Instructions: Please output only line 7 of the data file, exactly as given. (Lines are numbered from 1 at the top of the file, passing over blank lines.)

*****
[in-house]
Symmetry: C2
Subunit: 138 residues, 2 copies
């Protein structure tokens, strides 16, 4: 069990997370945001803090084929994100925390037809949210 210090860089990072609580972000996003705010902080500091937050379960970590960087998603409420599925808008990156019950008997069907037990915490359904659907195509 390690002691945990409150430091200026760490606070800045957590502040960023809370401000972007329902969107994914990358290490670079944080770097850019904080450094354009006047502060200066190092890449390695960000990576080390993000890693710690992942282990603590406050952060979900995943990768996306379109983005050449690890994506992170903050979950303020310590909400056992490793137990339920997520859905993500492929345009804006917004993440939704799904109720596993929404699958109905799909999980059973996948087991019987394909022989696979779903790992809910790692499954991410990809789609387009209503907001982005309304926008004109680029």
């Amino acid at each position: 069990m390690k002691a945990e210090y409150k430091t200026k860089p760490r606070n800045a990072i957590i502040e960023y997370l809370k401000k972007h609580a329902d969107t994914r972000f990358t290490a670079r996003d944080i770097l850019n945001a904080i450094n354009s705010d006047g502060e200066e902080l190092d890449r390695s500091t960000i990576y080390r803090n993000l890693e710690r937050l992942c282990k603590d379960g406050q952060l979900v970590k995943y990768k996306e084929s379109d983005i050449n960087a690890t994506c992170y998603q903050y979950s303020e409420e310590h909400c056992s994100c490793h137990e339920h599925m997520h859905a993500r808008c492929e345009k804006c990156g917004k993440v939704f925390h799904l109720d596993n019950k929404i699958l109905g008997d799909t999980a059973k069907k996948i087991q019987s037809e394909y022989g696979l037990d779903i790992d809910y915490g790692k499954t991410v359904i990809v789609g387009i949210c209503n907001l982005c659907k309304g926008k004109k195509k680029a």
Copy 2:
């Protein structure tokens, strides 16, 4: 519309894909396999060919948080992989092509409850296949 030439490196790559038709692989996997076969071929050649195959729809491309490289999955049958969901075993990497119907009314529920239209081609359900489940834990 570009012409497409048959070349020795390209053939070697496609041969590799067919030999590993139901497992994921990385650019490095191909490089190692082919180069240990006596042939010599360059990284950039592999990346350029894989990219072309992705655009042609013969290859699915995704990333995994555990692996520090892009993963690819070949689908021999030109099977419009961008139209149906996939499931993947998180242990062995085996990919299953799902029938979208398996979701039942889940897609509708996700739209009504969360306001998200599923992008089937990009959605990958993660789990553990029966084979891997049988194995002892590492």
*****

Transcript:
């Protein structure tokens, strides 16, 4: 519309894909396999060919948080992989092509409850296949 030439490196790559038709692989996997076969071929050649195959729809491309490289999955049958969901075993990497119907009314529920239209081609359900489940834990 570009012409497409048959070349020795390209053939070697496609041969590799067919030999590993139901497992994921990385650019490095191909490089190692082919180069240990006596042939010599360059990284950039592999990346350029894989990219072309992705655009042609013969290859699915995704990333995994555990692996520090892009993963690819070949689908021999030109099977419009961008139209149906996939499931993947998180242990062995085996990919299953799902029938979208398996979701039942889940897609509708996700739209009504969360306001998200599923992008089937990009959605990958993660789990553990029966084979891997049988194995002892590492």